Wolfgang Bauer

Wolfgang Bauer ~ Trumpet

Wolfgang Bauer studied in Berlin with Konradin Groth at the Berlin Philharmonic's Orchesterakademie. At the age of 21 he was taken on by the RSO Franfurt while still a student as principal solo trumpeter. He stayed with that orchestra for 12 years and was also solo trumpeter with the symphony orchestra of Bavarian Radio.
He has attended intensive study courses with Lutz Köhler and Ed. H. Tarr. His breakthrough as a soloist came in 1993, when Wolfgang Bauer won the German Music Competition and the ARD International Music Competition in Munich in quick succession. Since then, he has been acknowledged as one of the leading trumpeters of his generation and has appeared as a soloist with famous orchestras like the Royal Philharmonic Orchestra London, the Orchestre National de France, the SO of Bavarian Radio, the radio symphony orchestras of Stuttgart and Frankfurt, the WDR Symphony Orchestra Cologne, the Radio Philharmonic of Hanover, the London Philharmonic Orchestra, the Polish Chamber Philharminic, and the Württemberg and Stuttgart Chamber Orchestra under conductors like Lorin Maazel, Carl St Clair, Donald Runnicles, Dimitri Kitayenko, Andrey Boreyko, Denis R. Davis and Eliahu Inbal. In 2000 Wolfgang Bauer was appointed a professor of trumpet at the "University of music and performing arts" in Stuttgart. In 2009 he was honoured with the ECHO Klassik as "best instrumental soloist of the year".
Musique baroque de TelemannMusique baroque de Telemann
Wolfgang Bauer Consort
Musique baroque de Telemann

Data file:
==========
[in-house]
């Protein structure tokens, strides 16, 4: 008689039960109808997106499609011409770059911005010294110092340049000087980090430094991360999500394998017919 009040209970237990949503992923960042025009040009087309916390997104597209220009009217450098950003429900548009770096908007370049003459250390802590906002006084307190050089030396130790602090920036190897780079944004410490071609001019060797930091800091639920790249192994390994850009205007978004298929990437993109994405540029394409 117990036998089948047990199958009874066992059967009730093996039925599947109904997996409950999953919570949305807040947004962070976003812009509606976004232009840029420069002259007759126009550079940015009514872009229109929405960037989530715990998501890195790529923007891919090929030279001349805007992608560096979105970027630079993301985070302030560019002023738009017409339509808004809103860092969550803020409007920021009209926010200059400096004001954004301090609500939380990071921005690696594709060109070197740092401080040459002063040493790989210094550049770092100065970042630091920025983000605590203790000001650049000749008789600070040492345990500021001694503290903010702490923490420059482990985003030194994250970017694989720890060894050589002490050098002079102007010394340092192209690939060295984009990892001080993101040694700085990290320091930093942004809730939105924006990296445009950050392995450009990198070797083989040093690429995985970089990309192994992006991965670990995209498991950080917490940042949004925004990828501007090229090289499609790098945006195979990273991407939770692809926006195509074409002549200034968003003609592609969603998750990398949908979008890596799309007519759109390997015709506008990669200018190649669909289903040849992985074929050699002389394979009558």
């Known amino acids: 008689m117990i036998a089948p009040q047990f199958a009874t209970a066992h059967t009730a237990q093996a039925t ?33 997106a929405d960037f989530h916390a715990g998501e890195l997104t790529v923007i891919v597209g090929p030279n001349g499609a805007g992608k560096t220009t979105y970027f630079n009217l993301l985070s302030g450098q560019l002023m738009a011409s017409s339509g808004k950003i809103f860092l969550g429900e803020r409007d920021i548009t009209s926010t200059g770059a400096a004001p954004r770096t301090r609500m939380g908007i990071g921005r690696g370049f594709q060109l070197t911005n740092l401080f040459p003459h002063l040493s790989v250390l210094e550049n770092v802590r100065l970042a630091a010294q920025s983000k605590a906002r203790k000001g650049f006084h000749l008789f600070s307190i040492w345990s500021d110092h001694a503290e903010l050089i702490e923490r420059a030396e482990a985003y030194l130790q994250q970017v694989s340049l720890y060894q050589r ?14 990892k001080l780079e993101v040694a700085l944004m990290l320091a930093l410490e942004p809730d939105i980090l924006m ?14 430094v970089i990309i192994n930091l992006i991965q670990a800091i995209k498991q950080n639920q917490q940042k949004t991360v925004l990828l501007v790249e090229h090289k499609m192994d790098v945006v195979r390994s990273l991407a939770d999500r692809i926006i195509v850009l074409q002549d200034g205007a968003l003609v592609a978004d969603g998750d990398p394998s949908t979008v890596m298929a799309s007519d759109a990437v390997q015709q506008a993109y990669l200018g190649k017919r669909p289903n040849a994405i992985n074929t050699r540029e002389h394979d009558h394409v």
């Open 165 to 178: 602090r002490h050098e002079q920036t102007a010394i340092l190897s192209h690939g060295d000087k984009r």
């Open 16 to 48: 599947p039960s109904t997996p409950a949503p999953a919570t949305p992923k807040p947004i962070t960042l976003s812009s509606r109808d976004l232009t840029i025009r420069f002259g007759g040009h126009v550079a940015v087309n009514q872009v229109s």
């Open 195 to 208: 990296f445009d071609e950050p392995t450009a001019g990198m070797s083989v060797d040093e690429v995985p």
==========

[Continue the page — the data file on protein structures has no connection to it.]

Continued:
The Wolfgang Bauer Consort plays works by Georg Philipp Telemann (1681-1767),
performed according to the traditions of the time:
Concerto in D for trumpet, 2 violins & B.C. ~ Concerto a 3 Clarin, Tympani, 2 Violin, Viola e Cembalo ~ Violin Sonata in A ~ Trumpet Concerto No. 2 ~ Sonatas "Sabato" & "Domenica" ~ Ouverture in D.
Soloists: Wolfgang Bauer (Baroque Trumpet), Dietlind Mayer (Violin), Petra Müllejans (Violin), Ludwig Hampe (Viola), Georg Siebert & Ingo Goritzki (Oboe)
A concert recording from the church of Monastery Maulbronn
HD Recording · DDD · c. 73 Minutes
CD
EUR 22,00SpotifyDeezerNapsterGoogle PlayApple MusicAmazon MusicTidalQobuziTunes MasteredFor...eClassical HDPrime Phonic HDPresto Classical HDReview

*****This is incredible! There are no tracks that I want to skip

This is incredible! I enjoy baroque music but am in no way a classical music buff. I had never known of Telemann until I happened upon this by chance. I heard an excerpt that totally caught my attention when I was flipping through car radio stations. It was so fetching that I immediately had to search the web to find out about Telemann & this CD. Luckily I found it. It is so tasteful. The 35 short concertos flow so well together & provide enough variety to keep it engaging using instrumentation original to the baroque era. None of it is irritating. There are no tracks that I want to skip. The lead trumpet, violin, etc. are clean , light , skillful. This CD is so beautifully done, and it has a positive effect on the soul. Highly Recommend.

TealBlue02 'TealBlue' (Mason Dixon Line, MD/DE) on Amazon

Review

Great music by a brilliant composer played by a superb ensemble

'Bachanalia' on eMusic.com

Review

The striking ambience of this particular recording was truly eye-opening...

This fine disc is yet another in the stunning series of CDs produced by the enterprising Josef-Stefan Kindler and Andreas Otto Grimminger and recorded in the sublime acoustic of the UNESCO World Heritage site of the Maulbronn monastery near Heilbronn in Germany. Telemann has become quite well served on record of late but this eclectically mixed concert is a joy just to sit back and relax with the sounds of trumpet, string instruments and clarinets competing for attention. I have recently had the opportunity to listen to several CDs from the Concentus Musicus Wien in numerous Telemann works but the striking ambience of this particular recording was truly eye-opening. Each soloist led by the able virtuoso Wolfgang Bauer brings the works to life in an uncanny sense of historically informed music making. This is a joyful disc which deserves the widest possible currency.

Gerald Fenech on Classical Net

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